With so much to choose from, picking a favorite isn’t easy. The object I find most poignant at the moment is the famous “Freer canteen.” It was produced just under nine hundred years ago in Mosul for the Syriac community. Created by craftsmen who made objects for Muslim leaders, its principal scenes are drawn from the life of Christ: the Nativity, so apt for this time of year; the Presentation at the Temple; and the Entry into Jerusalem. In addition, it features geometric motifs, lively animal scrolls, and elegant inscriptions. The back includes depictions of saints and knights. Today, the vessel reminds us of how many of this region’s ancient communities are fast disappearing, and how centuries-old objects remain vital conduits to the past.

Friday Fave: Tigers!

Chinese bronze tiger fittings from 900 BCE; F1935.21 and F1935.22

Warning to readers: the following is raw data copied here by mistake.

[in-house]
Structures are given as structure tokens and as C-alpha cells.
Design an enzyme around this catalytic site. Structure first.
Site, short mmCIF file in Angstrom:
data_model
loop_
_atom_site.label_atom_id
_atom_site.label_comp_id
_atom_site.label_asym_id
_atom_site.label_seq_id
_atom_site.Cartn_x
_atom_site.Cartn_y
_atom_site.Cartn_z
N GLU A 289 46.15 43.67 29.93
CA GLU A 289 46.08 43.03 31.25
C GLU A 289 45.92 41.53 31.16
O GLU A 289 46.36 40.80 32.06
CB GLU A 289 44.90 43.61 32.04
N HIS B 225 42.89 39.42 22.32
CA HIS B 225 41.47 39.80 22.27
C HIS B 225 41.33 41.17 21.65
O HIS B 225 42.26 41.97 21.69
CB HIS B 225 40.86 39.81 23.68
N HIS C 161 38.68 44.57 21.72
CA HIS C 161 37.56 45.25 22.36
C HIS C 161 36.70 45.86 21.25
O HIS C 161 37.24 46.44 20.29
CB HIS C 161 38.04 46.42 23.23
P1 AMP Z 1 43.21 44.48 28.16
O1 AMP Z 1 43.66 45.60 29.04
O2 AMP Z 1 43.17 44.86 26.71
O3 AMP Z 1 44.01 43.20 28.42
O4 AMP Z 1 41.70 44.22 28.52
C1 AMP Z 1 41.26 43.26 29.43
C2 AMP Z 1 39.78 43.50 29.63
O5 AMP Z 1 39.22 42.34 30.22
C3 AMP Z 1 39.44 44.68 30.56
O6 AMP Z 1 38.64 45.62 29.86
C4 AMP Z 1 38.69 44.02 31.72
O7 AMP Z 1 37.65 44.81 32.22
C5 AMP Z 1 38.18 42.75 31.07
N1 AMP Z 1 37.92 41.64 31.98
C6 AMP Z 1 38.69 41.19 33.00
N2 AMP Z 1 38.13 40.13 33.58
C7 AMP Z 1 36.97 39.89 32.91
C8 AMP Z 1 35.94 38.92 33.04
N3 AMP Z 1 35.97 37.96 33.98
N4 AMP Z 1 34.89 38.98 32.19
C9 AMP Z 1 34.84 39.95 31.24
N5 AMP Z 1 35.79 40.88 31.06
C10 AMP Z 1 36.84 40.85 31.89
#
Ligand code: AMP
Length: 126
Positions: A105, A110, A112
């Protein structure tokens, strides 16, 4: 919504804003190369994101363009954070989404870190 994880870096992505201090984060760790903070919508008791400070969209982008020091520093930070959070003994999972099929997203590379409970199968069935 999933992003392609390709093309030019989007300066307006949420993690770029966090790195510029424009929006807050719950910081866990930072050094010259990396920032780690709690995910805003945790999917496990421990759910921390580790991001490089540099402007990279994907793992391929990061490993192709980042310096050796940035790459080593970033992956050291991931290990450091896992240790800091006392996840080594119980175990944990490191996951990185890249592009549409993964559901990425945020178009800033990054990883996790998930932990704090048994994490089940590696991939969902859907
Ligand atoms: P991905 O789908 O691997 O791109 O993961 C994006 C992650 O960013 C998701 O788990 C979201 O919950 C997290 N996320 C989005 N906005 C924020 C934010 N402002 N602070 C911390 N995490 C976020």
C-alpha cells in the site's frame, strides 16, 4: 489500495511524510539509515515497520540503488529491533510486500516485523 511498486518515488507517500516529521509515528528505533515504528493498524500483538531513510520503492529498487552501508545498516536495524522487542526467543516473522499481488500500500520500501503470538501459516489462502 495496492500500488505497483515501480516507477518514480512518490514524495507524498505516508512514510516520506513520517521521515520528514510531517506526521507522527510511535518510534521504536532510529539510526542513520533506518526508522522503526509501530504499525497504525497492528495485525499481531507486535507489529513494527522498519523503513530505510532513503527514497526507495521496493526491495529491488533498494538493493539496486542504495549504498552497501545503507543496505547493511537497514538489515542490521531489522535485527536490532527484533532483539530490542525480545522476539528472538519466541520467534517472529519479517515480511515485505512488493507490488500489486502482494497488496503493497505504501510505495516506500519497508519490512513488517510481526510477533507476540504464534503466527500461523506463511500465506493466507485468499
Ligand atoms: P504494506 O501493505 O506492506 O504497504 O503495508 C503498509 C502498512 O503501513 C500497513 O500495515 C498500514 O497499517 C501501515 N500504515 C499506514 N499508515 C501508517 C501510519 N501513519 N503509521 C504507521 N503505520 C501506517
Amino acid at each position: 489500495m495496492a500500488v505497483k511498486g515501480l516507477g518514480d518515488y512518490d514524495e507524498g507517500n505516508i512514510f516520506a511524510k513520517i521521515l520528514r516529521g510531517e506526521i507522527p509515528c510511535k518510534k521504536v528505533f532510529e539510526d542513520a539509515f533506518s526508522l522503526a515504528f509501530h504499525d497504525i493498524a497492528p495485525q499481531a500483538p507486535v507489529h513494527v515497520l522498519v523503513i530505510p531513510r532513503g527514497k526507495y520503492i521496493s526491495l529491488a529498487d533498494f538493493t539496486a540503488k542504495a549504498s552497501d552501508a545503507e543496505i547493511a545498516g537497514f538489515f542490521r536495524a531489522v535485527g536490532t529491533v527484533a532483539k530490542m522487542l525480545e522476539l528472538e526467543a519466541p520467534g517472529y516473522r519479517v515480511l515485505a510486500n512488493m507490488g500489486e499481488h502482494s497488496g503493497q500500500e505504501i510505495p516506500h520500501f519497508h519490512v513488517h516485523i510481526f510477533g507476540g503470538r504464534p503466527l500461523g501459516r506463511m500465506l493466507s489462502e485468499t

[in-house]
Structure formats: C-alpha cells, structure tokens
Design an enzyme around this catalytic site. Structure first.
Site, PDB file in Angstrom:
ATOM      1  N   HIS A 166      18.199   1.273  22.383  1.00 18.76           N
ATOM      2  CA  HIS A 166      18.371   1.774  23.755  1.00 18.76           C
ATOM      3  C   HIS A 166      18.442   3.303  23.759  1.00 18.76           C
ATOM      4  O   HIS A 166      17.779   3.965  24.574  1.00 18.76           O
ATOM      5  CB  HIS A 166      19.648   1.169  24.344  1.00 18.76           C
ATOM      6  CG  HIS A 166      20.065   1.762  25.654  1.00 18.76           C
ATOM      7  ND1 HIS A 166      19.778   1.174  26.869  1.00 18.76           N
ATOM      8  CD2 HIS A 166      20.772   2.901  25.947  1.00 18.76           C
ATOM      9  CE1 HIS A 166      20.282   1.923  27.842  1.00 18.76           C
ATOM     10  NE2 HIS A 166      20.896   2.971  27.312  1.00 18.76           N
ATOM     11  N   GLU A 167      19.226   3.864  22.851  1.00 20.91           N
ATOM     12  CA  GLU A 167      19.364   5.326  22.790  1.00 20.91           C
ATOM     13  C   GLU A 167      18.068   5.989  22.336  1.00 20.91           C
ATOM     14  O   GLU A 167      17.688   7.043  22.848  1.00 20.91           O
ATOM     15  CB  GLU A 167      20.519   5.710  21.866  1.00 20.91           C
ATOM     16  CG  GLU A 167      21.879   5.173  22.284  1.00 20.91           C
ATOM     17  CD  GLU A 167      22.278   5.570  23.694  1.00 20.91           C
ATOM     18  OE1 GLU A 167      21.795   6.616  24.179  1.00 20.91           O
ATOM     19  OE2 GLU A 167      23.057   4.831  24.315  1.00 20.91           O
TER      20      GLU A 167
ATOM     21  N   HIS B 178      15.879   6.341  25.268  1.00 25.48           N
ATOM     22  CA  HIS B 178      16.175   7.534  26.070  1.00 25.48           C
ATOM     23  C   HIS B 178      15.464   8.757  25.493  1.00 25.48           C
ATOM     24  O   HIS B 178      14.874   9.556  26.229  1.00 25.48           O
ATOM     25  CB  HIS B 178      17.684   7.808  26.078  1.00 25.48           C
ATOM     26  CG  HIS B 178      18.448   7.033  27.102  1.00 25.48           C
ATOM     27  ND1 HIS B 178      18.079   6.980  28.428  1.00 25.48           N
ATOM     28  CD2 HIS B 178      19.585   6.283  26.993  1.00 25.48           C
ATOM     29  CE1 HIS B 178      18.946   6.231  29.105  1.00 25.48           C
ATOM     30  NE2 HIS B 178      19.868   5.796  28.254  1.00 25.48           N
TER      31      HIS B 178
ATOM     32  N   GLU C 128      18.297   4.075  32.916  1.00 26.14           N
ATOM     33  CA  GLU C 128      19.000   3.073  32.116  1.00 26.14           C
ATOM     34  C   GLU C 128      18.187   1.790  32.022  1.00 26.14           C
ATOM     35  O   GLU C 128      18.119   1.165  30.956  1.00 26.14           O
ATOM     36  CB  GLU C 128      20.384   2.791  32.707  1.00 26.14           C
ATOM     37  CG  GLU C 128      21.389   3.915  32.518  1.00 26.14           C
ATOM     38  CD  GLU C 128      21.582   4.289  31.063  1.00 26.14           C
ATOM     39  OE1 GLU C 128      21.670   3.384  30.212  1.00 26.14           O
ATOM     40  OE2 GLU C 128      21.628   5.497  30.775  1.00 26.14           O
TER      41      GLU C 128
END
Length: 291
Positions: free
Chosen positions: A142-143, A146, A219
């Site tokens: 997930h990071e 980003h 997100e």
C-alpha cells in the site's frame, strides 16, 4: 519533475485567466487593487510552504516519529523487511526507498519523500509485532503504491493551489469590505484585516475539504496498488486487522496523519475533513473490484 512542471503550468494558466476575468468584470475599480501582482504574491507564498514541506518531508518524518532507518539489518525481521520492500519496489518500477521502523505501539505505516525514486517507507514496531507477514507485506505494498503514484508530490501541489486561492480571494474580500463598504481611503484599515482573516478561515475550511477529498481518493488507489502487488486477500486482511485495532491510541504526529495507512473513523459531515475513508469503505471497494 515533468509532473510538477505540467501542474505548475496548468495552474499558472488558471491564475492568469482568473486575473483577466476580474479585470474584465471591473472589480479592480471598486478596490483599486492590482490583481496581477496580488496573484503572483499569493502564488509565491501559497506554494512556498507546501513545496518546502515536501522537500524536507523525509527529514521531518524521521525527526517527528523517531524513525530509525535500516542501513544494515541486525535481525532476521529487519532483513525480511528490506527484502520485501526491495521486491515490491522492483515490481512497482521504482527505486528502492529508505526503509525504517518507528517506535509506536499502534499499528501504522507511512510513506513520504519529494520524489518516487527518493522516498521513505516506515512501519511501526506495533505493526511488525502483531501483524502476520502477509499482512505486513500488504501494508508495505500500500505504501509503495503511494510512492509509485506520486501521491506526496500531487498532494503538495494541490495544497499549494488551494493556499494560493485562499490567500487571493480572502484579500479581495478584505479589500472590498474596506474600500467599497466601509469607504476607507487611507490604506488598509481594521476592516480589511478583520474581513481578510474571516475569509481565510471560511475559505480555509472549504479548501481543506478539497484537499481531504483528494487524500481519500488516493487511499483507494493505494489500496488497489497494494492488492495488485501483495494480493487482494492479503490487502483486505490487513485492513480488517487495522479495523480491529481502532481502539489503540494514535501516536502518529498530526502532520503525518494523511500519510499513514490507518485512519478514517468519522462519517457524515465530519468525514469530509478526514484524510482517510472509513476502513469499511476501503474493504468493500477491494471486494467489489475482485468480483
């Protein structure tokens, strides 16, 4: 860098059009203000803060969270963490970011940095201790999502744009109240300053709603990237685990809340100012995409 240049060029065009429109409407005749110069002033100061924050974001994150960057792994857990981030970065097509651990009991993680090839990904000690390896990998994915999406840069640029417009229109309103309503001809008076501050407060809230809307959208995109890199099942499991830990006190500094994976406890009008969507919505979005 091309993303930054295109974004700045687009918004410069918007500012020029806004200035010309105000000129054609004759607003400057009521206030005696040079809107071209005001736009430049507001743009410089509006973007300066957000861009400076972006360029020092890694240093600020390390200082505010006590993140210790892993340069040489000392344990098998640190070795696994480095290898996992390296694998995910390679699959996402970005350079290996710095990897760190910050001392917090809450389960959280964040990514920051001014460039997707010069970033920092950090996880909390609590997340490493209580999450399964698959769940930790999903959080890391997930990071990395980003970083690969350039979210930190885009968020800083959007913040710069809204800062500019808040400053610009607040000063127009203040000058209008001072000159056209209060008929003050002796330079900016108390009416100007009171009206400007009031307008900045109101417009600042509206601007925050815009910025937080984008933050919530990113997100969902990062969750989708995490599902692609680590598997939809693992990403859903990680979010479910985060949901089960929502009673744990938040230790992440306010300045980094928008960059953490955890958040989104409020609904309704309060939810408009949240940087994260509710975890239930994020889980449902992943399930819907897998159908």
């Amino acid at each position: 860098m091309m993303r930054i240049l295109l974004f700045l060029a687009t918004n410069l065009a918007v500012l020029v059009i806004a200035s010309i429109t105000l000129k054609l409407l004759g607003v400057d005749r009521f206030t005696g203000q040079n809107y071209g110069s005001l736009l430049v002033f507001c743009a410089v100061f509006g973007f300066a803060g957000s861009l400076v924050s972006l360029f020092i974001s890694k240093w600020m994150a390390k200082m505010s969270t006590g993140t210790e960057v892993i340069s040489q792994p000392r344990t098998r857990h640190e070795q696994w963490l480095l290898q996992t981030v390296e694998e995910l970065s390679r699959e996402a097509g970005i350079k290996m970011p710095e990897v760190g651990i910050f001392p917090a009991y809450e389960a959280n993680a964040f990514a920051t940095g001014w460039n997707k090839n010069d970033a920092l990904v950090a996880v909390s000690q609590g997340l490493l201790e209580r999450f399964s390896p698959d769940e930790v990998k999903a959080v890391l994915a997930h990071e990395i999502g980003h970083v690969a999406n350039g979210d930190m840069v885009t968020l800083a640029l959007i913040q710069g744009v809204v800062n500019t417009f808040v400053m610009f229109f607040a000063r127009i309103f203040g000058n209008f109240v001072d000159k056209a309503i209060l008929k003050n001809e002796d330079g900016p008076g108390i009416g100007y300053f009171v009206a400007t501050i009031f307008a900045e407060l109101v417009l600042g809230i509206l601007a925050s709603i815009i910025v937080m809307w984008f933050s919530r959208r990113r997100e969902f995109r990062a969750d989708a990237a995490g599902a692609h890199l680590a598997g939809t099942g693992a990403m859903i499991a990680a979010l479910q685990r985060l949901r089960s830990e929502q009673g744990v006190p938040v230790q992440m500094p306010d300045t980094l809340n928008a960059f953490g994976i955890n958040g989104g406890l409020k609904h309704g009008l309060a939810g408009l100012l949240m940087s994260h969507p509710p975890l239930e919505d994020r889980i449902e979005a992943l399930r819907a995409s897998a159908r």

Chinese bronze tiger fittings from 900 BCE; F1935.21 and F1935.22

This post inaugurates our Friday Fave blog series, featuring museum insiders taking a closer look at their favorite works of art.

What is my favorite object in the Freer? That often depends on my mood. I have favorites within categories: favorite painting, favorite sculpture, favorite monster or god … I could go on.

So, though I have been asked to talk about my favorite object, I am going to talk about the object I most want to touch, regardless of mood. In the back of the Freer’s gallery 18, there are two tigers made of bronze that peek out of their case, ready to be loved.

Anthropomorphization? Absolutely. Every single time I see them.

These two 3,000-year-old kitties call out to me whenever they catch my eye. Their fierce teeth, held up in a friendly, reserved expression, assure me that they would enjoy a bit of a scratch behind the ear or under the chin. I love these tigers because of the emotional tug they have on me. I am in awe that, thousands of years ago, an artist created these bronzes with such attention to detail, understanding of human and animal emotions, and love, that they continue to find admirers from near and far.